Though much of the book reflects your own background and experiences, there must have been some areas you had to research. What did you learn about, while drawing up this book? The book was actually heavily researched, and I spent the bulk of the year I worked on it doing research. Given how many of the recipes have rich histories, I relied a lot on archival research and ancient Arabic cookbooks to learn more about recipes and ingredients. I also consulted a wide variety of academic sources to understand the history of the region throughout time – everything from customs and traditions to trade, art, culture, and cuisine – and place it in context of the rest of the world’s past. So by the end I found myself knowing way too much about the origins of different ingredients and crops and what people ate and how they ate and how influential Arab cuisine was, and now I can’t stop talking about this stuff to anyone who will listen.
Which dishes would you pick out for a first-timer? Are there any relatively easy inclusions that an experienced home cook might want to work into their routine? And how about a really complicated dish, to truly impress someone?
First timer: Narjissiyeh (an ancient dish simplified for today) or Arayes Pita Burgers (probably the easiest dish in the book and so forgiving!).
Weekly dish: We roast a chicken almost every week so the Pomegranate Molasses and Aleppo Pepper Roast Chicken with Spicy Sahawiq Sauce would be an easy choice to work into a routine and you can play around with the spices.
Complicated/impressive: The Rice Stuffed Cabbage Pie is very impressive looking but actually quite easy. Makmoora is a little complicated and time intensive but very impressive too. You’ll never go wrong with Shrimp Sayadayeh though, or Ouzi Rice, neither of which is particularly complicated. But if you really want to wow someone, I’d say go for one of the beautiful desserts which taste as good as they look!
What do you think people will be surprised by in the book? It’s funny you ask that because just today I was speaking to someone who told me that much of what I now take for granted as common knowledge will actually be extremely surprising and counterintuitive to people both within and outside the food world. The very idea that national cuisine is a recent construct only having risen in the late 18th and early 19th century will be novel to people. The fact that Arab cuisine informed much of the world’s gastronomy might be shocking. Many people think that Ottoman cuisine influenced the cuisine of the Middle East, but I bet you people don’t know that the very first Ottoman cookbook was nothing more than a translation of a 10th century Arabic cookbook by the Sultan’s court physician.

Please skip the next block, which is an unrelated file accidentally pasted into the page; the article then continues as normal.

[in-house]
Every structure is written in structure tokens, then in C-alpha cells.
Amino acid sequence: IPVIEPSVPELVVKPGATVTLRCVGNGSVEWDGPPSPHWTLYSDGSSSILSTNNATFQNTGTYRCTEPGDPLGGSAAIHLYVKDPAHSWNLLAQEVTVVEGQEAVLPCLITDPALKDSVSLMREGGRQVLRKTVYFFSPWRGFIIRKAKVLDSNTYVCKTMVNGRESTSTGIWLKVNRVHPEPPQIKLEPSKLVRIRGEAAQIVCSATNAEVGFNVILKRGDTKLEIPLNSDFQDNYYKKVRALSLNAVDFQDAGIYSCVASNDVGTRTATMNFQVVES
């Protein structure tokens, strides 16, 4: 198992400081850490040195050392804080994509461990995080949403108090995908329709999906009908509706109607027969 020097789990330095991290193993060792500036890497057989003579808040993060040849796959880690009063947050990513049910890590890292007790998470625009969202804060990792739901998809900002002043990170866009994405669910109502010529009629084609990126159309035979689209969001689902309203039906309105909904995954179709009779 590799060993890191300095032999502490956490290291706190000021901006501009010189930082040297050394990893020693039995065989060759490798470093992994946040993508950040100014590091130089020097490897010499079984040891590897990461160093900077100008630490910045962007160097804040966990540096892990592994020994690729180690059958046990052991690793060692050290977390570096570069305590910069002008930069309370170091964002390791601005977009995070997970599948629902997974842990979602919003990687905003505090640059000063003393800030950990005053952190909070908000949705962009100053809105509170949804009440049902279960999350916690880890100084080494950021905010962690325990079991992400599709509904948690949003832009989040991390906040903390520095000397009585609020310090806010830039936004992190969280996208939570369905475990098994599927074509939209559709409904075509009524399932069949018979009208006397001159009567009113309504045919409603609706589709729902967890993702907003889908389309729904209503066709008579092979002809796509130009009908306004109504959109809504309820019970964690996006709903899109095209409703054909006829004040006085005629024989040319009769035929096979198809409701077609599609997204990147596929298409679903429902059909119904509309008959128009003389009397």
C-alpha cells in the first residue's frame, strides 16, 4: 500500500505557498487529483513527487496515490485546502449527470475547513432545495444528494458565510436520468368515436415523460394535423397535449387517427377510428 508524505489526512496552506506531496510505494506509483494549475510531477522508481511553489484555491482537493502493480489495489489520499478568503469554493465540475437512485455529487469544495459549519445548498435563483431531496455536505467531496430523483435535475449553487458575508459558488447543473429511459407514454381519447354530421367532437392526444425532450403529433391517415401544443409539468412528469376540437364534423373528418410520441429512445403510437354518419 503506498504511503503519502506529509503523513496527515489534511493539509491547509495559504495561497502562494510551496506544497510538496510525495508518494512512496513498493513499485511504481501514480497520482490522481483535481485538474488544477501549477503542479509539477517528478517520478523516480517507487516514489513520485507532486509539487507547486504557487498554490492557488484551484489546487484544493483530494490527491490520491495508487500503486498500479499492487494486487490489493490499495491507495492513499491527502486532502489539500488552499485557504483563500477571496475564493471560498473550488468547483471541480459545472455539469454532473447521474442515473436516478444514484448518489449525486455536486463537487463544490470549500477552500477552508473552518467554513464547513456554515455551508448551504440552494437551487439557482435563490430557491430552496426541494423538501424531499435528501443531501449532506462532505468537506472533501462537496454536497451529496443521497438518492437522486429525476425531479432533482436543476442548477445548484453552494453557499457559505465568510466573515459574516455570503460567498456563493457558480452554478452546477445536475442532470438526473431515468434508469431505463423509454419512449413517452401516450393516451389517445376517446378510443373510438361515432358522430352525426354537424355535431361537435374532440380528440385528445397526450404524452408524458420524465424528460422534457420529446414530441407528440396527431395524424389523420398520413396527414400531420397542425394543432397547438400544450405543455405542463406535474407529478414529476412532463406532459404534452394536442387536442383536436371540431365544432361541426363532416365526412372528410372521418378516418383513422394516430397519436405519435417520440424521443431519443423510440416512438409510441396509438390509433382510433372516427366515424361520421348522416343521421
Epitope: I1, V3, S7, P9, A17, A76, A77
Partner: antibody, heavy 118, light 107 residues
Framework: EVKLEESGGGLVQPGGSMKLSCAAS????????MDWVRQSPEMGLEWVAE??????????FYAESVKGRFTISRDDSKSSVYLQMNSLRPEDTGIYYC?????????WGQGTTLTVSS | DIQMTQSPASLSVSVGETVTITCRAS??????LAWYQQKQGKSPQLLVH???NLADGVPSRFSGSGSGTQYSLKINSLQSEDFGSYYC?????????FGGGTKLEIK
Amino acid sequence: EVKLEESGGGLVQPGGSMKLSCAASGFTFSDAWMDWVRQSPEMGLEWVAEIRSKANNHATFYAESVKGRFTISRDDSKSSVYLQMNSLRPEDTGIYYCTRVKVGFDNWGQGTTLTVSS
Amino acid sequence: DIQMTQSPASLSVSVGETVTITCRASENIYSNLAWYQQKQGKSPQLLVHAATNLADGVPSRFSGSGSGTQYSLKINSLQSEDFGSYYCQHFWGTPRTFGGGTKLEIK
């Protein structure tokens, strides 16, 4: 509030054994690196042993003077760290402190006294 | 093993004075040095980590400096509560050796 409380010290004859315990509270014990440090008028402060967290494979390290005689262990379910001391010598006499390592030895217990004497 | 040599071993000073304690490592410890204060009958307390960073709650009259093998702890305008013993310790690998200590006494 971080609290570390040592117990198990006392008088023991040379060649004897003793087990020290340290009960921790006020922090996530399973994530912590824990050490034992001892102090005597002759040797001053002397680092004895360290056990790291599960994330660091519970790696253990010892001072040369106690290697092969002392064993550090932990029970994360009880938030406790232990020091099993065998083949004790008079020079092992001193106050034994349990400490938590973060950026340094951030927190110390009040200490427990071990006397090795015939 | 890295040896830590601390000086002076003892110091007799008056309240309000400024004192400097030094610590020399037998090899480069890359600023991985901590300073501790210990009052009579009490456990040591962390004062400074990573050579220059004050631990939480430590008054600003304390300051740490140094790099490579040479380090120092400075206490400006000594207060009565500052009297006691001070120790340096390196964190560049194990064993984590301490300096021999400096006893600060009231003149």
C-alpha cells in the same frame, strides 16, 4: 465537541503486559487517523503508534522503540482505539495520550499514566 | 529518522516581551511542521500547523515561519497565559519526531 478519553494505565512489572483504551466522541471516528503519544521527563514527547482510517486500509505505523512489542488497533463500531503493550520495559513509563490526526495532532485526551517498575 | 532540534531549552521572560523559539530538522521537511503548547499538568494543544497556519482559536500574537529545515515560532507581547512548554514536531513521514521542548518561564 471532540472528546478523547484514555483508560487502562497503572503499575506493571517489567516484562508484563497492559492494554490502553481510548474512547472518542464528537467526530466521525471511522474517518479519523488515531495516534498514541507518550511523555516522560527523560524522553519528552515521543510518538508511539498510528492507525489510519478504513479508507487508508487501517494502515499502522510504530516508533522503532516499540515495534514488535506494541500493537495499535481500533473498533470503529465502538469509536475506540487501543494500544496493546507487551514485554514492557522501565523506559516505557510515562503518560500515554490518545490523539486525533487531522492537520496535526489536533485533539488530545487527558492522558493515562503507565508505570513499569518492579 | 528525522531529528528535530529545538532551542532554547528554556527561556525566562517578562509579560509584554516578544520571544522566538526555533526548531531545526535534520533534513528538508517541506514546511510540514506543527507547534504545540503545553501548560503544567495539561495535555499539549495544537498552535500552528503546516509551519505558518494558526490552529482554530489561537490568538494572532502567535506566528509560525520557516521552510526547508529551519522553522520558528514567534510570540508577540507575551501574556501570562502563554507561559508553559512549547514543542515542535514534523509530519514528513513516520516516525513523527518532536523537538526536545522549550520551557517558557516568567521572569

You have an MSc in social psychology. Does that inform your view on the way recipes are shared and passed on? Yes, but more than my view on transmission, it informs my view on why people are so attached to the idea of national cuisine and why cuisine helps shape people’s collective identities. Many of the arguments we have around food run much deeper. It’s rarely about the food itself and more about what food represents.
All of us have cooked a little more over the past ten months. When you look back on the pandemic, which dishes will stand out for you, and why? Surprisingly, the pandemic left me feeling a little joyless about cooking and cooking less than before. I always saw cooking as a way to build community and nurture friendships and the inability to cook for large crowds and people I cared about made me turn away from many of the large festive meals I used to cook. The daily dinners with my husband and daughters are what kept me grounded this last year, and I ended up making more of the things the girls like, which tend to be simple: a lot of broths and noodles, a lot of roast chicken and vegetable and lots and lots of bread and bread based dishes, oh, and of course, sweets! One thing I will remember though is how I became resourceful in my cooking so I wouldn’t have to make too many trips to the supermarket. For example, I would a roast a chicken one night, then I would make broth with the leftover bones and use that to make two different dishes over the next couple days. I was always repurposing an element from one dinner for a different one in the following day’s lunch or dinner. I actually found it enjoyable, almost like doing a jigsaw puzzle and trying to get pieces to fit together. But I am definitely looking forward to the time when I can go back to cooking those large festive meals!
To try all the dishes described by Reem and pictured here, as well as much more besides, order a copy of The Arabesque Table here.